Tag Archives: Europe

Recent articles in Foreign Policy magazine

Selected Foreign Policy clips:

Print Magazine:

Undocumented And On Patrol In Texas

The Elephant in the Comedy Club

Why Do Some Countries Get Away With Taking Fewer Refugees?

Can Stories About Food Upend Familiar Narratives of War?

As Environmental Catastrophe Looms, Is it Ethical to Have Children?


Even Critics Of Rwanda’s Government Are Helping Paul Kagame Stay In Power

Israeli Intelligence Furious Over Trump’s Loose Lips

Trump May End Up Killing DACA After All

Dial One If Your Neighbor’s Gardener Looks Mexican

At DHS, Kelly Toed The Trump Line

Immigration Bill Would Ramp Up Mass Surveillance At The Border

Texas Cities Caught In The Crossfire Of Sanctuary Fight

Laptop Ban May Be Expanded To Flights From Europe

Iraqi Christian Veteran Fears Deportation After Serving Prison Sentence

Trump Seeks to Limit Foreign Workers With New Executive Order

Heightened Scrutiny of Iranians Shows Trump Administration ‘Extreme Vetting’ in Action

Trump’s Border Surge Set to Collide With Overloaded Courts

Cracking the Cyprus Code

For Iraqi Military Interpreters, Trump Travel Ban Chaos Is ‘Life and Death’

White House Defies Courts as Chaos, Protests, and Lawsuits Erupt Over Immigration Ban

Trump’s Refugee Ban Has Ripple Effects Even Before It’s Issued

Italy’s Last-Ditch Effort to Stabilize Libya

U.N. Braces for a Potentially Massive Exodus from Mosul

The EU Moves to Counter Russian Disinformation Campaign

The Cable:

Roma Fleeing the E.U.’s ‘Broken Promises’ Seek Asylum in the U.S.

The Other Dispute on the U.S.-Mexico Border

Final Selection Process For Border Wall Kicks Off

Justice Department Moves to Revoke U.S. Citizenship From Man Convicted in 2003 Terror Plot

Europe Has a New Defender in Italy

Can Italy’s Outsiders Govern Like Insiders? A Tale of Two Five Star Mayors

Undocumented Immigrants Tense on Inauguration Day, But Ready to Resist

A Right-wing Politician Says Germany Should Stop Atoning For Nazi History, And Outrage Ensues

French Socialist Candidates Unveil Last-Chance Platforms Ahead of Primary

New Russian-Language Channel Seeks to Counter Kremlin Spin

On EU Trade, Brexiteers to The Rescue!

The Last Days of The Soviet Union

America Actually Likes Immigrants and a Global Role, Survey Finds

With Populists Poised to Quash Italian Referendum, Renzi Takes a Page From Trump’s Playbook

On This Day In History the World Watched the Berlin Wall Crumble. Now Will They See Donald Trump’s Wall Rise?

Batali, Armani and Sorrentino: The Italian Style of Obama’s Last State Dinner

Rome’s Anti-establishment Mayor Drops Bid to Host Olympics “Nightmare”

Despite Bombings, Advocates Still Hope for More Visas for Afghan Interpreters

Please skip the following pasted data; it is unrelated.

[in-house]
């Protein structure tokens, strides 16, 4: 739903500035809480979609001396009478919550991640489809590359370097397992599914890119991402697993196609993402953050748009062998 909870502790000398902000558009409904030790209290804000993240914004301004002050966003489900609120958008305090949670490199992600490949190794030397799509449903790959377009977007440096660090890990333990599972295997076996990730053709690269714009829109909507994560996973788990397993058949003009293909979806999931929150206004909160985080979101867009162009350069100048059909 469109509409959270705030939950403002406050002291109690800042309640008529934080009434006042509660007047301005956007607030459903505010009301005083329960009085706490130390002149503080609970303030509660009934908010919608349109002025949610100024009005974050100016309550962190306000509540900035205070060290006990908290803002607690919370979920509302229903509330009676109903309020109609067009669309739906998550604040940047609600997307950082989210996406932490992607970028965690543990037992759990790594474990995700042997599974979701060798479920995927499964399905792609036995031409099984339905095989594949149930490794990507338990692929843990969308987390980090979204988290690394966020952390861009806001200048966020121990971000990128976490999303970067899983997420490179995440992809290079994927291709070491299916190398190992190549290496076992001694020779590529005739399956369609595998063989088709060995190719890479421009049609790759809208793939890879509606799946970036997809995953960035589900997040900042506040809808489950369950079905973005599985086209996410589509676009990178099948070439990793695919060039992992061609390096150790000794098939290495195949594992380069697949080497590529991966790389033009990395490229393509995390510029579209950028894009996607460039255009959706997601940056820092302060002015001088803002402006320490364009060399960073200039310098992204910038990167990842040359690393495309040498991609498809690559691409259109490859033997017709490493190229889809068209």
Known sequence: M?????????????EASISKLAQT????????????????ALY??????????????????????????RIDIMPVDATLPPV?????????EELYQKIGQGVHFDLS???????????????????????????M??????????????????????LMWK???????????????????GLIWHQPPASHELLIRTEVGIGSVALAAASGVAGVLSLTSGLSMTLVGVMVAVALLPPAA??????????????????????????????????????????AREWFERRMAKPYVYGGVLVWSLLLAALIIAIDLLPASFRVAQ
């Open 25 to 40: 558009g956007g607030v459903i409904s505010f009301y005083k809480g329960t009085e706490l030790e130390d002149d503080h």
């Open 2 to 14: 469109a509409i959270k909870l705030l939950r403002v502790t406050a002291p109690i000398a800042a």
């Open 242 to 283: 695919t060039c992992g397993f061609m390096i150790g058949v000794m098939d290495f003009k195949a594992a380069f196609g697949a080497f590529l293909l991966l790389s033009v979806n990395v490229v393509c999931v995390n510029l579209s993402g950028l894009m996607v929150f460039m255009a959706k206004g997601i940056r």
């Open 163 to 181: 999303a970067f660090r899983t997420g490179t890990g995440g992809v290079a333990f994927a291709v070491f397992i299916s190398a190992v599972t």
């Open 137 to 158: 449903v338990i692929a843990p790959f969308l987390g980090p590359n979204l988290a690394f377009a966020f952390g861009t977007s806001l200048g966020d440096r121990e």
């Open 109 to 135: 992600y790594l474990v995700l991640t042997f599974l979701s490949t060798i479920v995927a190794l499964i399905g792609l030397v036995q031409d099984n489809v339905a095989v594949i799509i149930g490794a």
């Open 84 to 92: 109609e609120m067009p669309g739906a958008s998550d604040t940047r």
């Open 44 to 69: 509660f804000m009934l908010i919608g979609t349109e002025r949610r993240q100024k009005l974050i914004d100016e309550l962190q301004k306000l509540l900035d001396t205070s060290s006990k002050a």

Hungary Wants Foreign Workers, So Long as They Aren’t Syrian Refugees

Afghan refugees receive a cold welcome in Europe


An Afghan doctor wearing a tracksuit stands on the muddy ground inside a temporary registration shelter for asylum-seekers in the western German state of Baden-Württemberg, waving a paper flyer announcing German classes. “Why not us?” he asks.

The full-time class was being offered to Syrians, Iraqis, Eritreans, and Iranians, but Afghans and other nationalities were not mentioned. The discrepancy points to a new multi-tiered approach in how Germany is processing asylum-seekers—one based at least initially on national origin.

In a particularly chaotic year for migration to Europe, Afghans represent the second largest group of migrants traversing the Mediterranean Sea, after Syrians. But though their country is riven by fighting with the Taliban and other armed groups, they have received a different welcome. Instead of fast-tracked applications and pledges to make integration a top priority, Germany is labeling them as economic migrants and telling them to stay home. [Full story]

Why Ukraine debate has Cold War echoes

CNN’s Global Public Square Blog

As the protests in the heart of Kiev continue, one thing is clear – a process that began as an overture aimed at drawing a cluster of post-Soviet countries towards greater political and economic integration with the European Union has escalated into a tug of war over Ukraine’s identity. But the refusal so far of Ukraine’s government to sign an association agreement that would have boosted cooperation with the European Union has raised another question – is the region facing a renewed era of Cold War-style confrontations?

Certainly, in the lead up to last month’s Eastern Partnership summit, which was supposed to see Armenia, Georgia, Moldova and Ukraine sign up for closer ties, Moscow signaled that it intended to play hardball on the issue. It restricted imports like chocolate and steel from Ukraine and wine from Moldova and Georgia, briefly halted gas flows to energy-dependent Ukraine and hinted that further discomfort would be on the horizon if the agreements went forward.

“Russia kept ratcheting up the pressure,” says Andrew Weiss, a specialist on the region who served on the National Security Council staff under President Clinton and is now vice president for studies at the Carnegie Endowment in Washington. “All of this looks like it’s politically motivated and not grounded in solid economic concerns. The signal was very clear that Russia would go to the mat so that Ukraine, especially, would not sign this agreement…” [Full Post]